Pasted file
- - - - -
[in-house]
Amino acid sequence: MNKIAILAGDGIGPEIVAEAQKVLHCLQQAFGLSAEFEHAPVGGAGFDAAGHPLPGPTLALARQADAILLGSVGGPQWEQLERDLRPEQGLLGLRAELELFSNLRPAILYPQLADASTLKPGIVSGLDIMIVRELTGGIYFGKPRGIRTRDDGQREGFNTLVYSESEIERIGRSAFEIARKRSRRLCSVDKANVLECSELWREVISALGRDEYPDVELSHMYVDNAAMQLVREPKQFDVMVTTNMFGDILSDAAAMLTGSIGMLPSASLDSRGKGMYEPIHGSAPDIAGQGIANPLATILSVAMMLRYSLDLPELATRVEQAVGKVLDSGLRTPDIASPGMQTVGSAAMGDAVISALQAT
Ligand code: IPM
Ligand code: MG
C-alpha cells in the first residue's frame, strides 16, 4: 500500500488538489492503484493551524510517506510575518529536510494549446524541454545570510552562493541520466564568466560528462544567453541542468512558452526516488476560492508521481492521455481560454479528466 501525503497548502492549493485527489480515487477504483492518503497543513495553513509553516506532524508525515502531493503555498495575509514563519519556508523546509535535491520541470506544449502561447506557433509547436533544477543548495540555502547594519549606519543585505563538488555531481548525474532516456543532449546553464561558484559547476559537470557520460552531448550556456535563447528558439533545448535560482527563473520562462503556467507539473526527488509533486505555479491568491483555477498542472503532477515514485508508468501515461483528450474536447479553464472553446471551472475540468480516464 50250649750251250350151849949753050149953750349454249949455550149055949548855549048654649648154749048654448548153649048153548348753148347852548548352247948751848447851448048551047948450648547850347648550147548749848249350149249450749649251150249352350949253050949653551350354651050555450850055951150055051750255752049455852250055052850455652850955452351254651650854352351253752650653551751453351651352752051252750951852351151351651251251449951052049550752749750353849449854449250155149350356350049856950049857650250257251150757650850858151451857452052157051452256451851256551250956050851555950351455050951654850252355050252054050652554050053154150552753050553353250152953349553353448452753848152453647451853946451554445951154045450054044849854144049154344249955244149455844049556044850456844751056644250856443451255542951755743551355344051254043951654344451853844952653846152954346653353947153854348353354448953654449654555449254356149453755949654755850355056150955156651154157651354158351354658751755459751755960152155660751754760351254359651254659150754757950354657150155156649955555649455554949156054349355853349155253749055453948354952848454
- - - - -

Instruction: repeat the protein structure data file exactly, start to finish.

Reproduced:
[in-house]
Amino acid sequence: MNKIAILAGDGIGPEIVAEAQKVLHCLQQAFGLSAEFEHAPVGGAGFDAAGHPLPGPTLALARQADAILLGSVGGPQWEQLERDLRPEQGLLGLRAELELFSNLRPAILYPQLADASTLKPGIVSGLDIMIVRELTGGIYFGKPRGIRTRDDGQREGFNTLVYSESEIERIGRSAFEIARKRSRRLCSVDKANVLECSELWREVISALGRDEYPDVELSHMYVDNAAMQLVREPKQFDVMVTTNMFGDILSDAAAMLTGSIGMLPSASLDSRGKGMYEPIHGSAPDIAGQGIANPLATILSVAMMLRYSLDLPELATRVEQAVGKVLDSGLRTPDIASPGMQTVGSAAMGDAVISALQAT
Ligand code: IPM
Ligand code: MG
C-alpha cells in the first residue's frame, strides 16, 4: 500500500488538489492503484493551524510517506510575518529536510494549446524541454545570510552562493541520466564568466560528462544567453541542468512558452526516488476560492508521481492521455481560454479528466 501525503497548502492549493485527489480515487477504483492518503497543513495553513509553516506532524508525515502531493503555498495575509514563519519556508523546509535535491520541470506544449502561447506557433509547436533544477543548495540555502547594519549606519543585505563538488555531481548525474532516456543532449546553464561558484559547476559537470557520460552531448550556456535563447528558439533545448535560482527563473520562462503556467507539473526527488509533486505555479491568491483555477498542472503532477515514485508508468501515461483528450474536447479553464472553446471551472475540468480516464 50250649750251250350151849949753050149953750349454249949455550149055949548855549048654649648154749048654448548153649048153548348753148347852548548352247948751848447851448048551047948450648547850347648550147548749848249350149249450749649251150249352350949253050949653551350354651050555450850055951150055051750255752049455852250055052850455652850955452351254651650854352351253752650653551751453351651352752051252750951852351151351651251251449951052049550752749750353849449854449250155149350356350049856950049857650250257251150757650850858151451857452052157051452256451851256551250956050851555950351455050951654850252355050252054050652554050053154150552753050553353250152953349553353448452753848152453647451853946451554445951154045450054044849854144049154344249955244149455844049556044850456844751056644250856443451255542951755743551355344051254043951654344451853844952653846152954346653353947153854348353354448953654449654555449254356149453755949654755850355056150955156651154157651354158351354658751755459751755960152155660751754760351254359651254659150754757950354657150155156649955555649455554949156054349355853349155253749055453948354952848454